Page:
Neurodevelopmental toxicity in mammals
Principal investigator: Per Eriksson
Developmental toxicology is a relatively new science, but its roots are firmly embedded in teratology. In the field of developmental neurotoxicology it is essential to identify critical stages when chemical agents can be harmful. Much of our present knowledge concerning the adverse effects of chemicals on mammalian development and human brain development relates to events during the early stages of development, during the embryonic part of gestation. The gestation period is divided into two major periods, the embryonic period and the foetal period. In humans the embryonic period constitutes 20% of the whole gestation period and the foetal period 80%. In animals used in research, such as mouse and rat, the opposite is seen where the embryonic period constitutes 80% of the gestation period and the foetal period 20%. It is known that exposure during the foetal period can cause functional anomalies of CNS that results in behavioural, cognitive and motor defects.
The results of our research to date have demonstrated that low-dose exposure to environmental agents during the rapid development of the neonatal mouse brain ('brain growth spurt') can lead to irreversible changes in the adult brain function. The induction of these disturbances occurs at doses that apparently have no permanent effects when administered to the adult animal. Our studies have also shown that there is a short defined critical period in the neonatal development of the mouse brain when these persistent effects are induced. In recent research we have indicated that environmental toxicants can interact to enhance developmental neurotoxic effects. Furthermore, we have reported on increased susceptibility to toxic agents at adult age in animals exposed during neonatal life, indicating that neonatal exposure to toxic agents can potentiate and/or modify the reaction to adult exposure to xenobiotics. Therefore differences in adult susceptibility to environmental pollutants may not necessarily be an inherited condition. Rather, they might well be acquired by low dose exposure to environmental agents during perinatal life when the maturational processes of the developing brain and CNS are at a stage of critical vulnerability.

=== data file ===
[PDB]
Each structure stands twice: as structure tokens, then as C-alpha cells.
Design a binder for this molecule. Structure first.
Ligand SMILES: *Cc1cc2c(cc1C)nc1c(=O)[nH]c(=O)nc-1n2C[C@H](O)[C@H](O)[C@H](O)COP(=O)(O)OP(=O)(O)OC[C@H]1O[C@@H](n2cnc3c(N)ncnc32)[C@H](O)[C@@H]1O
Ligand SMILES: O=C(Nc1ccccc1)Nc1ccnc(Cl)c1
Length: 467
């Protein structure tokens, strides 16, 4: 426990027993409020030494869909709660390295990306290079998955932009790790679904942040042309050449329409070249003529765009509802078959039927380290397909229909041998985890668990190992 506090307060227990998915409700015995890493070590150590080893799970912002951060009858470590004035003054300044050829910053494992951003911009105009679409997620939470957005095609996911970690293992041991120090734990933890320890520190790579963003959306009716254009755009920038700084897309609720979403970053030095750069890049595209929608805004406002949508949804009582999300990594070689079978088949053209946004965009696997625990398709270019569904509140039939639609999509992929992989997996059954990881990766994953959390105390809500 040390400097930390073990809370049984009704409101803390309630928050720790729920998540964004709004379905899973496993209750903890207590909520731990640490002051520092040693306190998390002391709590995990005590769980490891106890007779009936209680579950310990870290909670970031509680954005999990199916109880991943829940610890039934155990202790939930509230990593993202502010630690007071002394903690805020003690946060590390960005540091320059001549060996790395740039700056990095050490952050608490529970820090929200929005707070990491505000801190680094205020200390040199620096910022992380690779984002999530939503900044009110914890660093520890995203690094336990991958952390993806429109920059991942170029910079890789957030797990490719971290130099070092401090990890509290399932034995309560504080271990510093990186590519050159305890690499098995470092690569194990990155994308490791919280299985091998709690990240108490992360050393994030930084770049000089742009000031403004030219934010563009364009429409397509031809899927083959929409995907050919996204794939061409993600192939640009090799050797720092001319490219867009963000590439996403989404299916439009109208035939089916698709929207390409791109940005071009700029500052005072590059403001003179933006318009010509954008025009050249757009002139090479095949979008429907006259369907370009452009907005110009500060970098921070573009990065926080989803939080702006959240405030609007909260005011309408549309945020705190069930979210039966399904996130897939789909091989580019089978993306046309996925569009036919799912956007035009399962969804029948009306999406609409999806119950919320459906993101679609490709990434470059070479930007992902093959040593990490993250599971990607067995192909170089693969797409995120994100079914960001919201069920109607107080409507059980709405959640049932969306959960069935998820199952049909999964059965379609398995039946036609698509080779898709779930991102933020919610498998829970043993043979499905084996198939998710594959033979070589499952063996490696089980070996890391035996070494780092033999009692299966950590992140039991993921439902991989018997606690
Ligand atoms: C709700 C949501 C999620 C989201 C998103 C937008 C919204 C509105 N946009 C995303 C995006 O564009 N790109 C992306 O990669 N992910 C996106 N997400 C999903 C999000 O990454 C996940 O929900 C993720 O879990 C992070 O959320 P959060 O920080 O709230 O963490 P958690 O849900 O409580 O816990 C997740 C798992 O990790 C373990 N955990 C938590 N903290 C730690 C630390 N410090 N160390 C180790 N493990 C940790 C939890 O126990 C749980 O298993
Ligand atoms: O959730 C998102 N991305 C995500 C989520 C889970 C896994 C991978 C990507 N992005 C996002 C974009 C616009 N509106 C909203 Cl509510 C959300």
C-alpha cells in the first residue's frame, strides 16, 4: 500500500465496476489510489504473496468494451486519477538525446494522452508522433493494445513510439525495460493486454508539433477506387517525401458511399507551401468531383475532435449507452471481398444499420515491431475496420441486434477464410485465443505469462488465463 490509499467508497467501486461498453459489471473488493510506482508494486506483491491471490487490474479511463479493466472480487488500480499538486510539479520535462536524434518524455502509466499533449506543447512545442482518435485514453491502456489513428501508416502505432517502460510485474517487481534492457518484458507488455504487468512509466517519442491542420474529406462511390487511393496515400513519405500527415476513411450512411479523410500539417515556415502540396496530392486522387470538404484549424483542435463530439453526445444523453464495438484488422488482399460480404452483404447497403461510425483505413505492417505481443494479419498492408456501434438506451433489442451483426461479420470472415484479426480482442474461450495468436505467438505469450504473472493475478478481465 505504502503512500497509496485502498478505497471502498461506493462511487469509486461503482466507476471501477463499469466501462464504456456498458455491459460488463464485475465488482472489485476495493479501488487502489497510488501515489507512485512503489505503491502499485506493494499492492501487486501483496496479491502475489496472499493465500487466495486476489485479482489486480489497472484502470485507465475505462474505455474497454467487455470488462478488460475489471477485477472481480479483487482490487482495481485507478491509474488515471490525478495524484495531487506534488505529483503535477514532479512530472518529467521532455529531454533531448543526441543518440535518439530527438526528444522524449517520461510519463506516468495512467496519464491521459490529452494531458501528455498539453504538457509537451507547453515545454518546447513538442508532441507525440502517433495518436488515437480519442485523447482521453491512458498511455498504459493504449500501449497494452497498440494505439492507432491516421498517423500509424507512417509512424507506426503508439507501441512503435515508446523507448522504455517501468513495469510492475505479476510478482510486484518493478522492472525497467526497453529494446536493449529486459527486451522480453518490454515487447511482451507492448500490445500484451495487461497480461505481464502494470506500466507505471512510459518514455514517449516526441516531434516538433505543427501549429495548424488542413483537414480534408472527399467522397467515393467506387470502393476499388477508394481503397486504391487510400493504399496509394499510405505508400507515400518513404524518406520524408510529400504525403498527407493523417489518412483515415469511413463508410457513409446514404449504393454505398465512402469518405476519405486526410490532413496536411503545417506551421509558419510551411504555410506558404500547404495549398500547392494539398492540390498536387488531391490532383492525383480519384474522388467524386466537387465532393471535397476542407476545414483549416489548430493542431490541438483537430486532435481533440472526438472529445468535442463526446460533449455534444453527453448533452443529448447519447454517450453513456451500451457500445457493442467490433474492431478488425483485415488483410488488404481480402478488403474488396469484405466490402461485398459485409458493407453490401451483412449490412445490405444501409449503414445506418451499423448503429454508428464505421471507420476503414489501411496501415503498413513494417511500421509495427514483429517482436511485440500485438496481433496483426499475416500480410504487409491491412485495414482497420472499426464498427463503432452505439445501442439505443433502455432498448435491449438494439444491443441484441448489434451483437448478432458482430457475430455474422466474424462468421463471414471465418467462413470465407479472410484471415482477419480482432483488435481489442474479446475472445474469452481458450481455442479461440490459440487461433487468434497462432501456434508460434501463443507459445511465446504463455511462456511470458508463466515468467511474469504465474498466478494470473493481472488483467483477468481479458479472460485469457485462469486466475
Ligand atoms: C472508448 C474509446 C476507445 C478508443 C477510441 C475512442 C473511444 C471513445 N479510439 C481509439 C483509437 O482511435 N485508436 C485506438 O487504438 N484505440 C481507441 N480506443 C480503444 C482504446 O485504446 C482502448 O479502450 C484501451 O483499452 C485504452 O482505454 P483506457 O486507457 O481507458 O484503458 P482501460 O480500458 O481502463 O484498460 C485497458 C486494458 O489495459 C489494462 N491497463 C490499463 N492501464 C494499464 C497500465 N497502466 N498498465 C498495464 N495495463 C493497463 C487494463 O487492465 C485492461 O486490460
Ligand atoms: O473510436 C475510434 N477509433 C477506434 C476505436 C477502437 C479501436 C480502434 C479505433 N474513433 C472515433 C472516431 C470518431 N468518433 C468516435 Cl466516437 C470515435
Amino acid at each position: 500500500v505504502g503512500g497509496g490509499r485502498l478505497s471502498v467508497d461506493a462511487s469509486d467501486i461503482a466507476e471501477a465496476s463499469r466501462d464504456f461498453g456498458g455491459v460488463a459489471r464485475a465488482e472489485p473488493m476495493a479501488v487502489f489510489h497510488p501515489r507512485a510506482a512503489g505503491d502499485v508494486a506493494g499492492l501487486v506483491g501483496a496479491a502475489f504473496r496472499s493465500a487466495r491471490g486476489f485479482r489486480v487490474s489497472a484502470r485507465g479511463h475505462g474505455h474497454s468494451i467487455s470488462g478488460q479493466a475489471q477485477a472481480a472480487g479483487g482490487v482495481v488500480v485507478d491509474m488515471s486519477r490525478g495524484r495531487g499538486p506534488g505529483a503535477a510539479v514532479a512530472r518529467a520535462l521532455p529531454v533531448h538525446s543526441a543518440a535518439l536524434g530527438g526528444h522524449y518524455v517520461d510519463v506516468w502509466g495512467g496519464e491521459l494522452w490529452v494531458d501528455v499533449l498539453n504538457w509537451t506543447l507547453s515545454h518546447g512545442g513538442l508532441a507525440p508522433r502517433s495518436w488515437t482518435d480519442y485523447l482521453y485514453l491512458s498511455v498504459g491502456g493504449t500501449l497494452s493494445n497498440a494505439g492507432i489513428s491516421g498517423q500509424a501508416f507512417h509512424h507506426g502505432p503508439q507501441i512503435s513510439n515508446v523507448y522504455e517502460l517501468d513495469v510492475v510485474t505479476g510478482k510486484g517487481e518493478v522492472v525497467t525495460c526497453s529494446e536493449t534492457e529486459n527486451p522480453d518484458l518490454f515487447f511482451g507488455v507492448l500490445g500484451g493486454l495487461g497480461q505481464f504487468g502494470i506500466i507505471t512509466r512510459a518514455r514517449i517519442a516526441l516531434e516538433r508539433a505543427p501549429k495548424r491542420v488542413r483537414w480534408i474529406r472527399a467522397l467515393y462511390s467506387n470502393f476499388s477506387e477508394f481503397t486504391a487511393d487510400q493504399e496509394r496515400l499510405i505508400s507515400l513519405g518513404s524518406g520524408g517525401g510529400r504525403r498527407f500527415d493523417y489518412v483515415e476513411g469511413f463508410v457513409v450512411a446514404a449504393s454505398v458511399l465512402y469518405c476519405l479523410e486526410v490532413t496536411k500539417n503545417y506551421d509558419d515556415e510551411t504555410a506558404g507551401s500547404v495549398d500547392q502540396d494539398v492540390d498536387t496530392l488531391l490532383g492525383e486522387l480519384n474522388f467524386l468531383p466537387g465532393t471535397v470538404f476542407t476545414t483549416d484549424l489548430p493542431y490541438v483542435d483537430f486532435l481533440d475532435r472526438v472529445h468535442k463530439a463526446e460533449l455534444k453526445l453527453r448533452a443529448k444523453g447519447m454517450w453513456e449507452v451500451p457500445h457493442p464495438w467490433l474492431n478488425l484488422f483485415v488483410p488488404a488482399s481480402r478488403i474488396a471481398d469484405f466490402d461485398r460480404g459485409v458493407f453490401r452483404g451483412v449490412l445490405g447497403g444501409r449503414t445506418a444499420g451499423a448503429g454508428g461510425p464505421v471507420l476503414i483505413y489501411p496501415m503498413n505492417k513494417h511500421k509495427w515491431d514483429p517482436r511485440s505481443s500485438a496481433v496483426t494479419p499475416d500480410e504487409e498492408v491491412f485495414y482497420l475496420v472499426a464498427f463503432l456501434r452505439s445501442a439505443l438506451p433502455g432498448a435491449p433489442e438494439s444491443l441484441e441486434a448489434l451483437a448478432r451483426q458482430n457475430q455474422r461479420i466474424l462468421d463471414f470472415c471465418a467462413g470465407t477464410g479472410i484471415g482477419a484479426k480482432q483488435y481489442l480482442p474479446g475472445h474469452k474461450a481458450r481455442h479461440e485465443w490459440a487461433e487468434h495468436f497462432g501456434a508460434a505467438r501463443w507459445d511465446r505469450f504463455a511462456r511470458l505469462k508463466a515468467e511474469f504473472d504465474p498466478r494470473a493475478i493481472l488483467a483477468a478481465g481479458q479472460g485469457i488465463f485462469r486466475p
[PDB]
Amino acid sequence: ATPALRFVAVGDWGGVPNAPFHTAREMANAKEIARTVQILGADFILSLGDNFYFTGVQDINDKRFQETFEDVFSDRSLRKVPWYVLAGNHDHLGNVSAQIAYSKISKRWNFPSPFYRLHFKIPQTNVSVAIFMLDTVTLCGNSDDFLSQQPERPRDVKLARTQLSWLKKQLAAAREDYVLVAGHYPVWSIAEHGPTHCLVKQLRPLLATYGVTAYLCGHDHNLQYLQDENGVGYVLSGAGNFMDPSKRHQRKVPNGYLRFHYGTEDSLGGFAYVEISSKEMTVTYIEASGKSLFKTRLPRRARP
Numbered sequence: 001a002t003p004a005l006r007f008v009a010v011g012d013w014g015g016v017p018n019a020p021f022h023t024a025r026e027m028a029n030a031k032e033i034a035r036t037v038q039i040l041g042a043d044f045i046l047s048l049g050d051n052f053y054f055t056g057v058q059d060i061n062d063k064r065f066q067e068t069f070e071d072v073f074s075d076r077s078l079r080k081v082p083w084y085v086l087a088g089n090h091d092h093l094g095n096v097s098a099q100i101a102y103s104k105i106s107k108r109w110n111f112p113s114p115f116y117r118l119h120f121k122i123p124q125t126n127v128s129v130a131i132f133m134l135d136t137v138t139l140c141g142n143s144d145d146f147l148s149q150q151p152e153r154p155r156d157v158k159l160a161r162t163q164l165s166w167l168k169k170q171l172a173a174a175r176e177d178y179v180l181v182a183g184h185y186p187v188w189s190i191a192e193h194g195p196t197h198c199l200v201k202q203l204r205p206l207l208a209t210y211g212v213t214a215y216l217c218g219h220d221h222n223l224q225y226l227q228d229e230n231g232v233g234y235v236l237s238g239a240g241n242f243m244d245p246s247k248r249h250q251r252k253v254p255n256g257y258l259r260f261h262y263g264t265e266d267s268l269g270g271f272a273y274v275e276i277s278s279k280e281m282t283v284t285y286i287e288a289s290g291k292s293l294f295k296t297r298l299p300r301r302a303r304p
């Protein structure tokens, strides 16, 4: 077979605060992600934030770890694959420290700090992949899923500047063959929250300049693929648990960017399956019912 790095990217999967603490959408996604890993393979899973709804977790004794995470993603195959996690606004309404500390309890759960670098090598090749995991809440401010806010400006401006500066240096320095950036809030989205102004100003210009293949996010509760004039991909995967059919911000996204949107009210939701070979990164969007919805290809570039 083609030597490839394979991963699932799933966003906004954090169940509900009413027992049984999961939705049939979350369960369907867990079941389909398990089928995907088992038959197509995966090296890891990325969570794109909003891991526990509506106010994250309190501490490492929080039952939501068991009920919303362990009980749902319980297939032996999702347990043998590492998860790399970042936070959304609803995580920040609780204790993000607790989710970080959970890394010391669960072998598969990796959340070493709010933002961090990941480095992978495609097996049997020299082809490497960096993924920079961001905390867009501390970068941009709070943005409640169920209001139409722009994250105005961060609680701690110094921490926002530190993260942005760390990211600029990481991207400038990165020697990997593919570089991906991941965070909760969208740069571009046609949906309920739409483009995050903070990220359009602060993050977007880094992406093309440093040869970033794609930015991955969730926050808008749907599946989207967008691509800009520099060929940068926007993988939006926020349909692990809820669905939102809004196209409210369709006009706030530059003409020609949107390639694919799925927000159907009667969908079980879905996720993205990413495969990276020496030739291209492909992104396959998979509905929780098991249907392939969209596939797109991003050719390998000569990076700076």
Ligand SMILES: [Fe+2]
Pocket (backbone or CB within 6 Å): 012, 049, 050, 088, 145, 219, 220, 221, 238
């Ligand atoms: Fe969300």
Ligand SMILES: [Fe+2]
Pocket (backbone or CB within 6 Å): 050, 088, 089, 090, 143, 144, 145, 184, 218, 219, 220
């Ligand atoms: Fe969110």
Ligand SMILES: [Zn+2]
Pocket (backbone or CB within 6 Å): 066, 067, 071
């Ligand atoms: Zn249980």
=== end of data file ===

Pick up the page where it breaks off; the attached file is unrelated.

Examples of compounds that have been investigated in this neonatal
Flame-retardants [polybrominated flame retardants such as PBDEs (polybrominated diphenylethers), HBCDD, TBBPA and organophosphorous compounds used as flame-retardants (tris(2-chlorethyl)phosphate, triphenylphosphate], perfluorinated chemicals (PFOS, PFOA, PFDA), PCBs, DDT, pyrethroids, organophosphorous compounds (paraoxon, DFP), paraquat, nicotine, ethanol, MPTP, methyl mercury, iron, acryl amide, anaesthetics.
Staff presently involved: Assistant professor Henrik Viberg and associate professor Anders Fredriksson.
Recent doctoral theses: Niclas Johansson 2009, Celia Fischer 2008, Henrik Viberg 2004, Emma Ankarberg 2003, Ulrika Talts 1996 and Jonas Ahlbom 1995.
Developmental toxicity in birds
Principal investigator: Björn Brunström
To study the effects of xenobiotics during embryonic development in birds, we expose embryos to various compounds via egg-injection. Chicken and Japanese quail are the species predominantly used in these studies. The compounds studied include various endocrine modulators, e.g. compounds interacting with the estrogen system.
Among the effects investigated are interactions with differentiation of the reproductive organs and the brain, resulting in structural changes of the reproductive organs and altered reproductive behaviour of the adult birds.